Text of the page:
- The transparency, reach, and liquidity of decentralized investments will attract new capital to the agricultural sector
With irrefutable blockchain-based monitoring and reporting, it is possible to reduce risks and make agricultural investments lucrative. Structured as tokenized funds, they can attract a vast pool of new investors that are active in the decentralized economy thus improving capital availability to farmers.
“A fair financing model for the agricultural sector must account for the fact that most risks are beyond human control. By treating farm capital as investments instead of loans, the pressure on farmers is greatly reduced. This allows them to focus on maximizing production and safeguards their long-term livelihood.”
-Raman Saluja, Founder@Gramco.in
A More Sustainable Capital Model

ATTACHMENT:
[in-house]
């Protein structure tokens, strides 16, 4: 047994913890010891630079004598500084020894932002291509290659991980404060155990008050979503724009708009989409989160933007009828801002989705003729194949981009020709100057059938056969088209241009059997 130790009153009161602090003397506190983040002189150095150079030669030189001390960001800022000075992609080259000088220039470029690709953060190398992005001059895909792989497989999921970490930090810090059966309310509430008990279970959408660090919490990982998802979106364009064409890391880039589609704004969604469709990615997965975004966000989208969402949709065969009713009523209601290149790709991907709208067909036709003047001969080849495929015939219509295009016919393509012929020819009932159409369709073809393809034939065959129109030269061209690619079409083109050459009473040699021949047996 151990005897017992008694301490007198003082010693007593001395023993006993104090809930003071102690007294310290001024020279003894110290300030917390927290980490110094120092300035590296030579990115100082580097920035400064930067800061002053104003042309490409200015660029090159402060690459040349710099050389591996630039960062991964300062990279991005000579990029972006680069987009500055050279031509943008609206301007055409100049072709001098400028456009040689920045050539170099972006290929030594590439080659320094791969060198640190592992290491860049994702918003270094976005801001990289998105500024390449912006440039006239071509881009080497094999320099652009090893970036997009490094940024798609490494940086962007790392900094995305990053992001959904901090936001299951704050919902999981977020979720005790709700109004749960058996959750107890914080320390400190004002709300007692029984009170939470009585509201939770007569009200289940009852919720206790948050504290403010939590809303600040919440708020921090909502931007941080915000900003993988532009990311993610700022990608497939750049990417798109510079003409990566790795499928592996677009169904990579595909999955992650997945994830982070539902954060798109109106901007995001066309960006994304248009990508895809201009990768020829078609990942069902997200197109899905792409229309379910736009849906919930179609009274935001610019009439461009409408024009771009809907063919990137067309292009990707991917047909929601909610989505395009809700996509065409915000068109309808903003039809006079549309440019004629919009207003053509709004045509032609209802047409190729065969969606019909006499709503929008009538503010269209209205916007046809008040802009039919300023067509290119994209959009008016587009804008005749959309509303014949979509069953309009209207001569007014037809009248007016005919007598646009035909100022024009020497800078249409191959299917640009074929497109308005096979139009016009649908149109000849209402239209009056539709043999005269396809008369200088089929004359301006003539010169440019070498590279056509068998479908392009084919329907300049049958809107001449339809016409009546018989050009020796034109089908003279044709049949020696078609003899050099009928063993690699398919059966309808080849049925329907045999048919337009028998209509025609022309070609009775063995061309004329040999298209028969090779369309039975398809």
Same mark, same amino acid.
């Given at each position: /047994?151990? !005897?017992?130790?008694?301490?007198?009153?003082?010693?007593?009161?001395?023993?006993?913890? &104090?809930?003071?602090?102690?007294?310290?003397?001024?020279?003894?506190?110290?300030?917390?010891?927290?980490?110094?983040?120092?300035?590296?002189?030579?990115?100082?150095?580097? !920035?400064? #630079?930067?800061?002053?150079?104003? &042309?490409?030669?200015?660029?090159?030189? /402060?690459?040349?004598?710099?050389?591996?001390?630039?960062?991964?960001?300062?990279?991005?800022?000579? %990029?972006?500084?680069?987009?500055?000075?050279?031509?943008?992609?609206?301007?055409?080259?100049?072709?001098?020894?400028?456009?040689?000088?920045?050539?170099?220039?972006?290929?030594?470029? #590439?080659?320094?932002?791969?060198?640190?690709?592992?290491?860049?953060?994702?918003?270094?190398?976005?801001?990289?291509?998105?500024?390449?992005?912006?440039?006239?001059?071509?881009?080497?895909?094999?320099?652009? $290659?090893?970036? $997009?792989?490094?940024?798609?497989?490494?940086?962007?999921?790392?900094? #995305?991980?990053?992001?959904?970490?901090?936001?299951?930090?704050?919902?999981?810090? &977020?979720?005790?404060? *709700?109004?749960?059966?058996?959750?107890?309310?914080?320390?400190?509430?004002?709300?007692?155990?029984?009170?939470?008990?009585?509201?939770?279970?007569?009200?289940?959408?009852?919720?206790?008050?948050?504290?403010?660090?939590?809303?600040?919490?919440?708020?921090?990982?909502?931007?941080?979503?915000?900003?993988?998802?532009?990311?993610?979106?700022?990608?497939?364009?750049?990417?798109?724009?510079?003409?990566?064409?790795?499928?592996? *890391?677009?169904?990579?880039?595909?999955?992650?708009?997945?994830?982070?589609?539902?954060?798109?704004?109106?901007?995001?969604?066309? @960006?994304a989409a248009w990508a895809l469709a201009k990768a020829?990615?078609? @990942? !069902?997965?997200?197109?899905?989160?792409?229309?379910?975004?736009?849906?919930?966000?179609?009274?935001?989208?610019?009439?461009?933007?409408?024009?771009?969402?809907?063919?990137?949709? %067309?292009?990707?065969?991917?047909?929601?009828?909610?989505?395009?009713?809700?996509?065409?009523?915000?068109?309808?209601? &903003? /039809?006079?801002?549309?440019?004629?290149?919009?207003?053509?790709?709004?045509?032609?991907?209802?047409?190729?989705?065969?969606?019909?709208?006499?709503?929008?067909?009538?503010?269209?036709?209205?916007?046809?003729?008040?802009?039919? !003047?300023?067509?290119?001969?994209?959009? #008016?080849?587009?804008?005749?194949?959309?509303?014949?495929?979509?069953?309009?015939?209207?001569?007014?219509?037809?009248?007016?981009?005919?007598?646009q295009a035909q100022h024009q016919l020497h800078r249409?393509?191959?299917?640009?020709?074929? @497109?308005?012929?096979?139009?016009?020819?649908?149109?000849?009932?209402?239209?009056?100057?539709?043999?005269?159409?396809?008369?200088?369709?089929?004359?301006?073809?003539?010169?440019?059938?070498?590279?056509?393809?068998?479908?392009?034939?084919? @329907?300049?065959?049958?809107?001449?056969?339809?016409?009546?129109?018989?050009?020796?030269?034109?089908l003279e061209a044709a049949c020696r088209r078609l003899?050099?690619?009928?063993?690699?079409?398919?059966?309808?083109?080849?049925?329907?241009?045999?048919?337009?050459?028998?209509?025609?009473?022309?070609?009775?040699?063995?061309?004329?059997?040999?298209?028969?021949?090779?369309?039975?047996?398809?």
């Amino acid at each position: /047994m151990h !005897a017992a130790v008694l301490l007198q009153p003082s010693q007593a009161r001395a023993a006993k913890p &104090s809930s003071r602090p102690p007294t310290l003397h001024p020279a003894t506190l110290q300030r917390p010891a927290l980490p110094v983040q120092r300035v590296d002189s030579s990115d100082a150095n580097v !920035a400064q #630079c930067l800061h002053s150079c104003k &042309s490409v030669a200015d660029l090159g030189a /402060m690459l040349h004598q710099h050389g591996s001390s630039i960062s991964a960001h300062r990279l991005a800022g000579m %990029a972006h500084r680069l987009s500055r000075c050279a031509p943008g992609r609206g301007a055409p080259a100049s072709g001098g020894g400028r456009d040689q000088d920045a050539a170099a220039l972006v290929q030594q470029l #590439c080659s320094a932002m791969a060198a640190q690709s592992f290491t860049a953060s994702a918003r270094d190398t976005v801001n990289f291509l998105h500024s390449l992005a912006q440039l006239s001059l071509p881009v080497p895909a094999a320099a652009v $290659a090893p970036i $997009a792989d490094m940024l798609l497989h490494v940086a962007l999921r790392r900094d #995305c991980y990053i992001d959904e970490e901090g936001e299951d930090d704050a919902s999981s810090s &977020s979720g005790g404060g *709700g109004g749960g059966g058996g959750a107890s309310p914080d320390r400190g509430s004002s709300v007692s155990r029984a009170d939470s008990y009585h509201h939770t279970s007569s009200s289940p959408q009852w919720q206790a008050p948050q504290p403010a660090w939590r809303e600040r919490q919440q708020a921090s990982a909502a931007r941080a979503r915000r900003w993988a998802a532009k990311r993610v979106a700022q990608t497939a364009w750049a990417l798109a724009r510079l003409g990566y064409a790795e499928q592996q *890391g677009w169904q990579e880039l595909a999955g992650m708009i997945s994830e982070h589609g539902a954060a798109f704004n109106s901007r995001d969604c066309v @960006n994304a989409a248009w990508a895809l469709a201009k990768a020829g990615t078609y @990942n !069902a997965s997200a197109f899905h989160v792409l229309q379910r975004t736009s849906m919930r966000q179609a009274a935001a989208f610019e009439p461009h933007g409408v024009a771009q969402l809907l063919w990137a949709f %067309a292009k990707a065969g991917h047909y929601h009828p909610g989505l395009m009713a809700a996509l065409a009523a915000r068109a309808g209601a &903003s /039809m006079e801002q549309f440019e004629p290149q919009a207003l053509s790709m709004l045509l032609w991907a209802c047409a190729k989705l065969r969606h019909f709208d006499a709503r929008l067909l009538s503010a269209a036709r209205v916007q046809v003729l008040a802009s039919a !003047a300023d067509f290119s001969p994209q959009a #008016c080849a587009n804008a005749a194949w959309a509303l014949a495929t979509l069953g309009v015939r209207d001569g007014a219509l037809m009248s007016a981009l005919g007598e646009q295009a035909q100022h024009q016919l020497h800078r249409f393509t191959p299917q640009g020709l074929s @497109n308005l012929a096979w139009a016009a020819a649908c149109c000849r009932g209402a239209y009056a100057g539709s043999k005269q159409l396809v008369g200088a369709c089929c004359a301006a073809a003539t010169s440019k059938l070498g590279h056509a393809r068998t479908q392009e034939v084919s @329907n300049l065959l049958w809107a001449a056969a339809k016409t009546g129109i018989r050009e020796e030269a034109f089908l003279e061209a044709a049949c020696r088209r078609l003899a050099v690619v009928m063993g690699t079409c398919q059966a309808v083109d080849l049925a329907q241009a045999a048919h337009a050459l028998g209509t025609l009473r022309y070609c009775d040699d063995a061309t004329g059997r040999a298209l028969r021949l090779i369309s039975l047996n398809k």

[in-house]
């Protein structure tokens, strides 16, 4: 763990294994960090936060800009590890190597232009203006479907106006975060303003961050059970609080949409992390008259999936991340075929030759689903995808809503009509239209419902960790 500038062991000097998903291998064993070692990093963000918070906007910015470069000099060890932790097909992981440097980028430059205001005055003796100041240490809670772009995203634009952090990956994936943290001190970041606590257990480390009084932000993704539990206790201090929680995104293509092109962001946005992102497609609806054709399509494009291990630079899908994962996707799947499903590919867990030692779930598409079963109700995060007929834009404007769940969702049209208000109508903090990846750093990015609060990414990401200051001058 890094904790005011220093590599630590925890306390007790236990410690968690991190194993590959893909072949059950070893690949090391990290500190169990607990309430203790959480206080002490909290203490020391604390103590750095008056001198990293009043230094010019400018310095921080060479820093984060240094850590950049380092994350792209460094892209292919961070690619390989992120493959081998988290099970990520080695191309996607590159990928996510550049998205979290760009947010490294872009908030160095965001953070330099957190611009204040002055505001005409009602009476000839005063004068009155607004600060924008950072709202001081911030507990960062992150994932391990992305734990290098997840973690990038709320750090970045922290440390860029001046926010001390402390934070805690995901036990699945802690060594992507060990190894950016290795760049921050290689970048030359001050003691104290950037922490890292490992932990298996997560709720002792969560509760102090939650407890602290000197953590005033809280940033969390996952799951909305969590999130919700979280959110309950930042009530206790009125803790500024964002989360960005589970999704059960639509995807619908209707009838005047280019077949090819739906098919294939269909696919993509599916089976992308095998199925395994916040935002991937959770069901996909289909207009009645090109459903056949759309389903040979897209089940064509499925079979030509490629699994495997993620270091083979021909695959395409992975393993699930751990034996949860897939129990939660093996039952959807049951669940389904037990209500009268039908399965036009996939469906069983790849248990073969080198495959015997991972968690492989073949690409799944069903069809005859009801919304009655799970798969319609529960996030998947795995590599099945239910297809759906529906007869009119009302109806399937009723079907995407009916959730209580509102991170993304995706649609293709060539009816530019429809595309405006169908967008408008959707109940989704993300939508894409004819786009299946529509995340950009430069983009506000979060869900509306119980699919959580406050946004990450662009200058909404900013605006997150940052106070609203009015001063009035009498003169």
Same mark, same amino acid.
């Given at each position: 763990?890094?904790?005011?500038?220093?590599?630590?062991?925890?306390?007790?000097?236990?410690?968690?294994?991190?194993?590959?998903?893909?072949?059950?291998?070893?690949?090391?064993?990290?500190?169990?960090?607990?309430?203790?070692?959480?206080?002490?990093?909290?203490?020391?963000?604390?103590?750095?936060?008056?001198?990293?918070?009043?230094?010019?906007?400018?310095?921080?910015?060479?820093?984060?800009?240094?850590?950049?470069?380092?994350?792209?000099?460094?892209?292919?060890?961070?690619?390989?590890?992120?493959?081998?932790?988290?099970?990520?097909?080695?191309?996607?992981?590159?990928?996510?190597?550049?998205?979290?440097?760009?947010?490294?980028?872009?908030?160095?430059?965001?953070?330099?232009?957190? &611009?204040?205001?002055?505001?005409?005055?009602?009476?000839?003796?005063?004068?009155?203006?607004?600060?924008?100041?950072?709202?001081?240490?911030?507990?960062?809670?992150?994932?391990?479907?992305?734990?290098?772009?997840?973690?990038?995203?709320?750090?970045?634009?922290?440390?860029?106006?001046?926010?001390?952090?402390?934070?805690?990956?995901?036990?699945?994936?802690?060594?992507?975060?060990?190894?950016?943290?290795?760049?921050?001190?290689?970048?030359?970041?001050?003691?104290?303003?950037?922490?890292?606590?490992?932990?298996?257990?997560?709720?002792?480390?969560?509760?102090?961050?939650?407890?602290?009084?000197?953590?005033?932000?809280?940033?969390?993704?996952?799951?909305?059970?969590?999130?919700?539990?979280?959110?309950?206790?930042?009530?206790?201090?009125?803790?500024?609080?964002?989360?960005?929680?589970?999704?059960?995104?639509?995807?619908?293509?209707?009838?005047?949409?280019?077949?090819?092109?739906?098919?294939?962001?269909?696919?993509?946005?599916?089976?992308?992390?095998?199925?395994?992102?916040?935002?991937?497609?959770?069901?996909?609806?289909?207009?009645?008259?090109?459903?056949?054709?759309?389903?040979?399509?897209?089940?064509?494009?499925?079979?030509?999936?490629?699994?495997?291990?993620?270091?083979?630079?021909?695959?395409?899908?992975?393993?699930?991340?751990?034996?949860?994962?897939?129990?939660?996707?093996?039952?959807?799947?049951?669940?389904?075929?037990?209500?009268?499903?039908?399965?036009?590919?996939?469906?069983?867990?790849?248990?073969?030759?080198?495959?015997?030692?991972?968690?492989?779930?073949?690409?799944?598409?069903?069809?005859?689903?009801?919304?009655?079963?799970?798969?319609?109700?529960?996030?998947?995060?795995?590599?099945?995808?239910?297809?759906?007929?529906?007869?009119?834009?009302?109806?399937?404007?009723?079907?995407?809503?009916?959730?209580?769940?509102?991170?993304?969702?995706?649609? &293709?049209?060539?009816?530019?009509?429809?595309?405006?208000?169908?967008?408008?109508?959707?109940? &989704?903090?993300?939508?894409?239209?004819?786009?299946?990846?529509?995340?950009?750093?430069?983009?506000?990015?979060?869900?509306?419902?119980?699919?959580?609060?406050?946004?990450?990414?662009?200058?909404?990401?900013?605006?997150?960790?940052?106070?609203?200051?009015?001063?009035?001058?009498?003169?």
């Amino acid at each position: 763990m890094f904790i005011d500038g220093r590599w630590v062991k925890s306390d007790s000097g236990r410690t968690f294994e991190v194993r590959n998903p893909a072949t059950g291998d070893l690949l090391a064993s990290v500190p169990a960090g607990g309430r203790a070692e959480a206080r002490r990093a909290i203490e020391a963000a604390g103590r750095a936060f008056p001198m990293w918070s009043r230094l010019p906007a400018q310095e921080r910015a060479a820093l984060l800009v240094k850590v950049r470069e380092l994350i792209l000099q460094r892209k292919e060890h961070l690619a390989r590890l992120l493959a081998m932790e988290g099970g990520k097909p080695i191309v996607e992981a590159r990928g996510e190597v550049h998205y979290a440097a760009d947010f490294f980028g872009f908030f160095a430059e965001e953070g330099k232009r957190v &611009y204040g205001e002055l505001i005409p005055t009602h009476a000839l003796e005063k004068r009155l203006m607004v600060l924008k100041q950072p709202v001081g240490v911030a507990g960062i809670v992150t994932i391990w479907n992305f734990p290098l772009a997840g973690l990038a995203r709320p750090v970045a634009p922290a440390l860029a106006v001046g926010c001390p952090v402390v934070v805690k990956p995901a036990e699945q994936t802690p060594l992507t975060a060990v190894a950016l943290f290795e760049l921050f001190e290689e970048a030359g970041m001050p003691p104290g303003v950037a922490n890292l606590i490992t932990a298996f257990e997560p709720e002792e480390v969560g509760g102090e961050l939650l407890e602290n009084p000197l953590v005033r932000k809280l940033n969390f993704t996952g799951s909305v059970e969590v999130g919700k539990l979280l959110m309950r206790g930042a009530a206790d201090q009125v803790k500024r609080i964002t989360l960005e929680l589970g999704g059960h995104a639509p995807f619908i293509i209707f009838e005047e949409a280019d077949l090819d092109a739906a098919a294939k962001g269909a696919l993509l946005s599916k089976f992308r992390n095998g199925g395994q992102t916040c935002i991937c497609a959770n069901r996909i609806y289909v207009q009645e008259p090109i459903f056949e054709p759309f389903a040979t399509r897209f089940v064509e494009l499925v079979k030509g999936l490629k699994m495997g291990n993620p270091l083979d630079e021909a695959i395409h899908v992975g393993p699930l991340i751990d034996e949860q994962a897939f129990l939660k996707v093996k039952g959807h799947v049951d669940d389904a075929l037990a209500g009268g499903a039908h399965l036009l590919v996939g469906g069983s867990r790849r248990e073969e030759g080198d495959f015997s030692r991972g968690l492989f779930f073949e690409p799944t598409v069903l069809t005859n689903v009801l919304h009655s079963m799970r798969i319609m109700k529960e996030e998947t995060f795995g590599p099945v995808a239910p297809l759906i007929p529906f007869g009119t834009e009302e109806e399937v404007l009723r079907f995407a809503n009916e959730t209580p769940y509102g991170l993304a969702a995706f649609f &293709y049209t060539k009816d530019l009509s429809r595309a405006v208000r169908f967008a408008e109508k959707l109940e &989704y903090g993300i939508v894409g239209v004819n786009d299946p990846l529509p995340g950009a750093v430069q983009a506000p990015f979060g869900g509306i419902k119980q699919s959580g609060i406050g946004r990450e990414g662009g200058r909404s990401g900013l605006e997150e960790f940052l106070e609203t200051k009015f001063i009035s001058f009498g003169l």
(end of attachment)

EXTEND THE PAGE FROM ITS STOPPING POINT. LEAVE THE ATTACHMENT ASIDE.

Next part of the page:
In most countries around the world, agricultural financing requires government support. This support can come in the form of subsidies, loan guarantees or direct assistance.
But government support is not sustainable. Financial resources are limited, and burdened with inefficiencies and corruption. Furthermore, the agricultural sector urgently requires additional capital to brace against global warming as well as to increase output for a rapidly growing population.
A decentralized capital model can attract fresh investment to the agricultural sector, make capital support more efficient, and reduce the burden on governments.
The solution proposed in this article was inspired by getting a first-hand look at the real-time crop monitoring technology being developed by Gramco(gramco.in) in India.